Denmark

Somethin’ but a hound dog

DENMARK greyhound rescuers can now be seen promenading their pooches around town on weekends.

Bill and Robin Dessauer started the monthly walks in June last year after they picked their greyhound, Jorge, up from a national rescue group, Greyhounds as Pets, in Perth the month before.

“We were just following what our daughter was doing in Melbourne,” Mr Dessauer says.

“She’s also got a greyhound, which got us interested in them and she runs a monthly greyhound walk over there in the botanic gardens.

“The main purpose of the walks is to get the hounds and the people walking together and socialising.”

Denmark hound walkers John O’Donnell with whippet Murphy, Ann Proudfoot with greyhound Carlos, Hazel and Peter Moyle with greyhound Ella, and Bill and Robin Dessauer with Jorge. Photo: Chris Thomson

Mr Dessauer says the 20-minute monthly walks in Denmark are good exercise for bipeds and quadrupeds alike.

“The first walk we had last June, we had 17 dogs in it,” he adds.

“From then on, it’s dropped off quite a lot.

“We usually have three or four hounds only, most of them greyhounds, but also whippets, and we have two people who come over from Albany regularly.”

Mr Dessauer says hounds generally get on well together.

“All sorts of hounds, they’re called ‘sighthounds’ because they can see a long way, but the greyhounds, whippets, wolf hounds, lurchers, they all seem to recognise the other hounds as their kin and you very seldom see an altercation between them,” he assures.

“They just accept each other and are friendly to each other and sniff each others’ bums and all the usual things.”

“They love going for a walk, but they’re also couch potatoes, and you bring ‘em home and they’re likely to lay down and sleep until the next walk or the next meal.”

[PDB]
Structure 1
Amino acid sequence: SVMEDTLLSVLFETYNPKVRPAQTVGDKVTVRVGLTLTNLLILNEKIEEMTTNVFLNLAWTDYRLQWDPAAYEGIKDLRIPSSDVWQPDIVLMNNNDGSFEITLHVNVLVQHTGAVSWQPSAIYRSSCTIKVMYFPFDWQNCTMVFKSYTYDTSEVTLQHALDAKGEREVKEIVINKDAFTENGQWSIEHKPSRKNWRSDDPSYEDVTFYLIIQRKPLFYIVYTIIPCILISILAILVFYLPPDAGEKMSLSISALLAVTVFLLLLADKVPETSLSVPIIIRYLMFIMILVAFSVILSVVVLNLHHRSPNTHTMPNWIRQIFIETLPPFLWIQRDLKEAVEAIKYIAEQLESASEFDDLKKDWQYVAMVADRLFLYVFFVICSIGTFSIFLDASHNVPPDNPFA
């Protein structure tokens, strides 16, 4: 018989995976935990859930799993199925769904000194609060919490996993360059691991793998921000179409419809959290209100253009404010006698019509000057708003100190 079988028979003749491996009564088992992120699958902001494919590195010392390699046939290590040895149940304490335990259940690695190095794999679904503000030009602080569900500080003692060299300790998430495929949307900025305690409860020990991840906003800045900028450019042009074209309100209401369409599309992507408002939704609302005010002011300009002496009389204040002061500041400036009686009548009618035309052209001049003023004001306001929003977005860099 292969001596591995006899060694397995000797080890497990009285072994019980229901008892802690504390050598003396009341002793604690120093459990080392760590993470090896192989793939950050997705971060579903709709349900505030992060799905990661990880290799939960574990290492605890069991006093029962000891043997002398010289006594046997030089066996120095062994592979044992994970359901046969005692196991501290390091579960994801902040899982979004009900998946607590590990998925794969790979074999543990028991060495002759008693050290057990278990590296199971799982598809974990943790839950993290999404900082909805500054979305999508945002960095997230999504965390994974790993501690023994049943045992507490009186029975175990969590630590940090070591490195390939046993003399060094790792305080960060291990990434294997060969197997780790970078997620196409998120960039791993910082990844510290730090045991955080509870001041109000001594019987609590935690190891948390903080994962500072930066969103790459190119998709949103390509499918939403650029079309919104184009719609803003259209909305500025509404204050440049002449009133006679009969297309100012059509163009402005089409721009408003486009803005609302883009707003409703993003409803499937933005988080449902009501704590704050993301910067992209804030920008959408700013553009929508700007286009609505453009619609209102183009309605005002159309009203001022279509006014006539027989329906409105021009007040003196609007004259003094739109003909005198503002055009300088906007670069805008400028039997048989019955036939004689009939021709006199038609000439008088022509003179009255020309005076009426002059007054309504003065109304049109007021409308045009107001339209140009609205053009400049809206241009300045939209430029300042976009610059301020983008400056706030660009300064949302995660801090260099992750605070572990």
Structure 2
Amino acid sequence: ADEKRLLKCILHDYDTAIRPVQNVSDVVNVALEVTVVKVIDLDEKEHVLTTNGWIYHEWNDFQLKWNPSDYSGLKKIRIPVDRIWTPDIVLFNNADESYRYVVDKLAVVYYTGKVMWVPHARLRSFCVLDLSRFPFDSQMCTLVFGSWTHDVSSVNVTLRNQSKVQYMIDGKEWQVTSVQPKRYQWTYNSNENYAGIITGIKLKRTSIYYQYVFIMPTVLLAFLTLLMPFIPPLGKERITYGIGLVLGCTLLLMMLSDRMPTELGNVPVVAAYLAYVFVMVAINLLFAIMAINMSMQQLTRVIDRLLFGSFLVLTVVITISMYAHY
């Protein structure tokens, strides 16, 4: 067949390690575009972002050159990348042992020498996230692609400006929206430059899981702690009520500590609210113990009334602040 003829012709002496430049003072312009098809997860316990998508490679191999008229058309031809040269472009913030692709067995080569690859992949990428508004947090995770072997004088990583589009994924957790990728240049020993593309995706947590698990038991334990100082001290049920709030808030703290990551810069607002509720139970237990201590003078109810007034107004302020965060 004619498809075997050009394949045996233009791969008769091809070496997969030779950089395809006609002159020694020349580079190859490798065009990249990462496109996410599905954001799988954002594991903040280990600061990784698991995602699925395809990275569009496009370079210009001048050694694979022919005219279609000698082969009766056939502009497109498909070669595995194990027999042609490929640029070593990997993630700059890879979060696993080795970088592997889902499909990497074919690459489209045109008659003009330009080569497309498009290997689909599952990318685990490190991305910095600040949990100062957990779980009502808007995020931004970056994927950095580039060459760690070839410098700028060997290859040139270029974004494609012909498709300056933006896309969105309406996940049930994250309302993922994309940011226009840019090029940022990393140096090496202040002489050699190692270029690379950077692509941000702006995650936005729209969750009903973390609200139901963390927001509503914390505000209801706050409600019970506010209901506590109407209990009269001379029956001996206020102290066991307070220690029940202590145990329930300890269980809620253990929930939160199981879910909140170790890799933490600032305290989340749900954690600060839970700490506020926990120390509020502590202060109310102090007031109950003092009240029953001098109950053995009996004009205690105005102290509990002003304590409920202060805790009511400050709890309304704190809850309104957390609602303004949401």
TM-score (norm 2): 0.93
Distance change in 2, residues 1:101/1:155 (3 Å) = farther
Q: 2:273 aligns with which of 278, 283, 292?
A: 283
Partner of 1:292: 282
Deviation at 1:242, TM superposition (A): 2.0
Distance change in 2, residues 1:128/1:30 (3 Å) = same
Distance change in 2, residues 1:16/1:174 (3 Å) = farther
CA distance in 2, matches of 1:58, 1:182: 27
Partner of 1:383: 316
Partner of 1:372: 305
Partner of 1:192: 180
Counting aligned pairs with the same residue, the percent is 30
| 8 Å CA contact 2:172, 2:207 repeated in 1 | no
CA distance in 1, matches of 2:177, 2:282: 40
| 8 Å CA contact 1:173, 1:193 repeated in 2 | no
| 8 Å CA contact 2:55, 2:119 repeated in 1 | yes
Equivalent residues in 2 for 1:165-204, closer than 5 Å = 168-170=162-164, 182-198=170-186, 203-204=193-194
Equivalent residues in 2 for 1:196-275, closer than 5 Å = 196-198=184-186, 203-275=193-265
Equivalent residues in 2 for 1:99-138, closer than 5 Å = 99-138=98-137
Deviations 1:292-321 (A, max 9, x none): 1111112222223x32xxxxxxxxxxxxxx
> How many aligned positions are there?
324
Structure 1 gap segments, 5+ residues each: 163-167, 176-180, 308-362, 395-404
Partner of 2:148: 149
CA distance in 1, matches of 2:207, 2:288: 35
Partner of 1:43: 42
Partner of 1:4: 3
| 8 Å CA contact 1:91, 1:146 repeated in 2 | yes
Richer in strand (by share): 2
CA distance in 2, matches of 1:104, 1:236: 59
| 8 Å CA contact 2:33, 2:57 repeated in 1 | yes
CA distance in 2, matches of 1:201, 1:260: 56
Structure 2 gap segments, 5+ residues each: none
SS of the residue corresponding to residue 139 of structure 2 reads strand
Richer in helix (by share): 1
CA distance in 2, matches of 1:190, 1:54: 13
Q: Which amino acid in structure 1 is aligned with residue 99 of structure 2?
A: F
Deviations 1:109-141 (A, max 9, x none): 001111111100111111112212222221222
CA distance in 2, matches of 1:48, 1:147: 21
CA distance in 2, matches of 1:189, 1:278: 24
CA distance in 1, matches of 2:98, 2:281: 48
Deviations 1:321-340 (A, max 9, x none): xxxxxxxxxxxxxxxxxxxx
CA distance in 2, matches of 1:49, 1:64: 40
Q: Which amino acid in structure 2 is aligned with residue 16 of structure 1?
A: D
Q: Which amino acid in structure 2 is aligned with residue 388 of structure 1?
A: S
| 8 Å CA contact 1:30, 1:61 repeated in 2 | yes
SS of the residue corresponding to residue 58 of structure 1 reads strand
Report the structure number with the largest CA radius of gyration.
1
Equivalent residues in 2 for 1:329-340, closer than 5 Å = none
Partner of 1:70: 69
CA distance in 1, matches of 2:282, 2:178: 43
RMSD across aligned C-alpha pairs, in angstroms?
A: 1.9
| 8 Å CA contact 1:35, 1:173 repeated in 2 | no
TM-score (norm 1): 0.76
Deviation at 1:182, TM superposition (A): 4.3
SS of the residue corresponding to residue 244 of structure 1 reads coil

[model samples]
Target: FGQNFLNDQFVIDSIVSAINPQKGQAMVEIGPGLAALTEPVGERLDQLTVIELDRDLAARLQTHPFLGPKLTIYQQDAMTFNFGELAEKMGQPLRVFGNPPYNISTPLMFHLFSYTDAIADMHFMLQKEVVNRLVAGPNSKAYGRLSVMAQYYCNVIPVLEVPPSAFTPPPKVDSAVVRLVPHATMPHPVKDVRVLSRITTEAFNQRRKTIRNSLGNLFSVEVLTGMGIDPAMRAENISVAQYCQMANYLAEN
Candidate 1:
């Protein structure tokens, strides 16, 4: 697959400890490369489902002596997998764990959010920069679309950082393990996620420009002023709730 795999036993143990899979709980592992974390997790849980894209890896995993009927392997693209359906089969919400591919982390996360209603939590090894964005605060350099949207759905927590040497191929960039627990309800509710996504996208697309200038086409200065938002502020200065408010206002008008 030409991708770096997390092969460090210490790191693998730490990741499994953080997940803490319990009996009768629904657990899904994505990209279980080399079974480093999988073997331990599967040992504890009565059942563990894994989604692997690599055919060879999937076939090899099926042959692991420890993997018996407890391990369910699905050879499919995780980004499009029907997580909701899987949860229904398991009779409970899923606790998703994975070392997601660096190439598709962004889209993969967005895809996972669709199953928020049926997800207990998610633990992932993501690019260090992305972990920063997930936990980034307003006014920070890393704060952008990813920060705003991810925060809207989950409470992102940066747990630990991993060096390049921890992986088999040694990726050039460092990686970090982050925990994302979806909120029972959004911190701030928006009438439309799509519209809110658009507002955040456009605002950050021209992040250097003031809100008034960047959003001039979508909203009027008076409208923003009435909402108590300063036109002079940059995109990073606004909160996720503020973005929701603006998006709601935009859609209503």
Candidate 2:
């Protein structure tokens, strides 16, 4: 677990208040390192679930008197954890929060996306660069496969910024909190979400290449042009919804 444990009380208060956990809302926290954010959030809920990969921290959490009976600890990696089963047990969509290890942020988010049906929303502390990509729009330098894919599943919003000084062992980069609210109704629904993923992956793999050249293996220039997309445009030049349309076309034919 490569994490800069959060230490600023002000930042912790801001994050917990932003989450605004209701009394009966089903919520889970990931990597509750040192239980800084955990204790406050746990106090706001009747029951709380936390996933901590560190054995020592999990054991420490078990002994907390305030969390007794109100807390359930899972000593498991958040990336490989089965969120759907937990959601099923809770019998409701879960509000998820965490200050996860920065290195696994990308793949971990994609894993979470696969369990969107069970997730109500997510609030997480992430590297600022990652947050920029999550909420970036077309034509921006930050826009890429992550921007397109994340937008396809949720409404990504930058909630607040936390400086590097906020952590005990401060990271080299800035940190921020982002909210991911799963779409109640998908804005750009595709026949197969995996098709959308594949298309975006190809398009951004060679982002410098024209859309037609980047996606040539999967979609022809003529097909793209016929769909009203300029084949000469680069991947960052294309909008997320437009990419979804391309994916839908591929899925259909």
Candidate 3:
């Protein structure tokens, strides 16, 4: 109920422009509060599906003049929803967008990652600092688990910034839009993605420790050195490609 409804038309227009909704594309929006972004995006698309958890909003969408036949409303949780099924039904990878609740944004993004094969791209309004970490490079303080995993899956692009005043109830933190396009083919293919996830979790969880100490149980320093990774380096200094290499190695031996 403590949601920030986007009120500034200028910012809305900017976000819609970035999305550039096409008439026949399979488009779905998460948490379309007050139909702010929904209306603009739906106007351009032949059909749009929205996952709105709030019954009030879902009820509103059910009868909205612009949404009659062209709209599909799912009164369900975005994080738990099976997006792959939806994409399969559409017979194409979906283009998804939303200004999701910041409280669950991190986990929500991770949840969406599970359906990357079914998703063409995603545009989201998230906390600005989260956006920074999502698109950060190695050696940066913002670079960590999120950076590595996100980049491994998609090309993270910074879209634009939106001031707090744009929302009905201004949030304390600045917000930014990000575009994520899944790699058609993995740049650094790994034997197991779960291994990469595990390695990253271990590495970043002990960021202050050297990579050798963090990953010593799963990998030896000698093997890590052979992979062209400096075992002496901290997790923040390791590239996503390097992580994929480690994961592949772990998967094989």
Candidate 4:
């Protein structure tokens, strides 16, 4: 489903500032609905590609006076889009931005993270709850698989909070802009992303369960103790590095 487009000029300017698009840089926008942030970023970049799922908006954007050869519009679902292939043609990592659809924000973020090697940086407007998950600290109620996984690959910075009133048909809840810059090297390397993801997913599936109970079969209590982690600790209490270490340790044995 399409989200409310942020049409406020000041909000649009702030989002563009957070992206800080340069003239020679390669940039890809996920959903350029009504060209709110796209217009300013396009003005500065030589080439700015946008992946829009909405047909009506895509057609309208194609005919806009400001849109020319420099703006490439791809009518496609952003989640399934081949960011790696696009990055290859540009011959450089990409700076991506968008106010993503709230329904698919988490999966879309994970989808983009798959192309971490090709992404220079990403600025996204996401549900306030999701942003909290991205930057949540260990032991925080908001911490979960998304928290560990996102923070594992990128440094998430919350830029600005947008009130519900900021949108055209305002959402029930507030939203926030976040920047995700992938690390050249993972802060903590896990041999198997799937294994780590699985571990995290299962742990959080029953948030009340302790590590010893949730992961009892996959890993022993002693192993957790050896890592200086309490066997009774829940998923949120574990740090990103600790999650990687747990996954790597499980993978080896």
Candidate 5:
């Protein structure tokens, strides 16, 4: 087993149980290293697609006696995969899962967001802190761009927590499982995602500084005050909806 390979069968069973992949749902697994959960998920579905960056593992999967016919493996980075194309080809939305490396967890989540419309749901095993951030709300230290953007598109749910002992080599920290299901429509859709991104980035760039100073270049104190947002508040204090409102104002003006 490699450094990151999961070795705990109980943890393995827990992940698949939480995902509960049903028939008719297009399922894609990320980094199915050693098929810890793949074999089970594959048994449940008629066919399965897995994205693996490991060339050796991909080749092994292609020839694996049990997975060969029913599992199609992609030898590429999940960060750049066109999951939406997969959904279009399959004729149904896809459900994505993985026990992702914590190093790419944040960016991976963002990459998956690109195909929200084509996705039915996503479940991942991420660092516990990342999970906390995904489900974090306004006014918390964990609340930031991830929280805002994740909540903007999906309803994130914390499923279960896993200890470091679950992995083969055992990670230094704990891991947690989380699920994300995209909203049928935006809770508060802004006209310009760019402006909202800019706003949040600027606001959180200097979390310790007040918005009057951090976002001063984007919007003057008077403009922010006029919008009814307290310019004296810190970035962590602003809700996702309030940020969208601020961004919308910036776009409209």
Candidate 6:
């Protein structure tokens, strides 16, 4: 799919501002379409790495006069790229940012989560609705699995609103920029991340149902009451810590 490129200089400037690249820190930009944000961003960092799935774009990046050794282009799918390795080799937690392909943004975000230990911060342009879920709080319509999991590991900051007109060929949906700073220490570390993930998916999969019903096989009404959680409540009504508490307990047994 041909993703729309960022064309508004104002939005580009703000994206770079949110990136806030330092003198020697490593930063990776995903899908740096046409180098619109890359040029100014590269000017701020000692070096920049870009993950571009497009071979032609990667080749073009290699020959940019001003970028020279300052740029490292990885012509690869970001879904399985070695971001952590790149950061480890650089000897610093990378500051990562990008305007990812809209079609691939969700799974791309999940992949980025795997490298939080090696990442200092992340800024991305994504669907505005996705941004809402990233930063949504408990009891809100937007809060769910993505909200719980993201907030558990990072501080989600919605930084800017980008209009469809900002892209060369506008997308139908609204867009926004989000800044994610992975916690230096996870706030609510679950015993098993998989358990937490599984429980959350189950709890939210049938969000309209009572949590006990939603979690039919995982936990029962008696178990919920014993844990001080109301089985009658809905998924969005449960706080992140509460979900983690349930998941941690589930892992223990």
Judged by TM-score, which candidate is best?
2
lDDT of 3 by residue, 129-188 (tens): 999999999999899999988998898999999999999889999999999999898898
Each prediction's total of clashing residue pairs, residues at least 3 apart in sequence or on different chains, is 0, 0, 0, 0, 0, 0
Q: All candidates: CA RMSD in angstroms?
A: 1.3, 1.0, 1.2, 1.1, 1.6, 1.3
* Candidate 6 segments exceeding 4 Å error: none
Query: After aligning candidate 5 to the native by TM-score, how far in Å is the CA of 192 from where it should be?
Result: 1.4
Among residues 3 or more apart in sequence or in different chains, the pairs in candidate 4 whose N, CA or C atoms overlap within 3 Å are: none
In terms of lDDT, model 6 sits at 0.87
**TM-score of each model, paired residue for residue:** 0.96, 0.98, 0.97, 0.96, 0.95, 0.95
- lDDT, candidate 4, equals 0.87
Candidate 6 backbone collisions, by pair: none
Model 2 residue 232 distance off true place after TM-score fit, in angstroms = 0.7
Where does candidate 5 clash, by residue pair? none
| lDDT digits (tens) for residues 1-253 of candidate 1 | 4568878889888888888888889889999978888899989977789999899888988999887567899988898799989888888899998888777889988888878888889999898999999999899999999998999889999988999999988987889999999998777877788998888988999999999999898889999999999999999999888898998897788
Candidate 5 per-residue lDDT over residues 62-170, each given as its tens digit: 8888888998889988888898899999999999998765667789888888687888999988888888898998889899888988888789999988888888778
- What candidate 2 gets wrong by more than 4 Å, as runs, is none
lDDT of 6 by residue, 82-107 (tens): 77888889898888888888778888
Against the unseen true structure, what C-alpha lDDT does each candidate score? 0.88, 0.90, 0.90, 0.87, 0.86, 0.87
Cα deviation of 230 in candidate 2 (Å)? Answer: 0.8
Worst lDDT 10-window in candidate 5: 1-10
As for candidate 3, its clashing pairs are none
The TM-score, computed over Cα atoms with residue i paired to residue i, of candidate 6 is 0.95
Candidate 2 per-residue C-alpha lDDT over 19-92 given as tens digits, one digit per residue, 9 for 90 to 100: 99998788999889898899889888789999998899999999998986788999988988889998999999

Mr Dessauer says greyhounds are “beautiful dogs” that “virtually become a member of the family”.

“They’re absolutely adorable,” he says.

“The thing about walking a greyhound, you’ve got to expect to take a lot longer with a walk than you would with any other dog because a lot of the people you meet want to stop and talk about them.

“People are interested in them and think they’re lovely dogs but the secret is to get more people to rescue them because the supply exceeds demand.”

Jorge, whose racing name was Weldon Sun, is 4.

Mr Dessauer, who is not a fan of greyhound racing, says Weldon Sun raced through 2017, winning every fifth race on average, and getting a place every two-and-a-half races. 

Then Jorge lost interest in racing.

“In the old days they just used to put them down,” Mr Dessauer lamented.

But now, thanks to their adopters, many greyhounds can expect to live out a life of 12 to 14 years in comfort.

Mr Dessauer says greyhounds do not need lots of land, as they are used to being in confined spaces most of the week then being let out to race or train. 

“It doesn’t worry them at all,” he says.

“And being couch potatoes, it worries them even less.”

More details of the walks can be found on the ‘Denmark Greyhound Walk’ page on Facebook.


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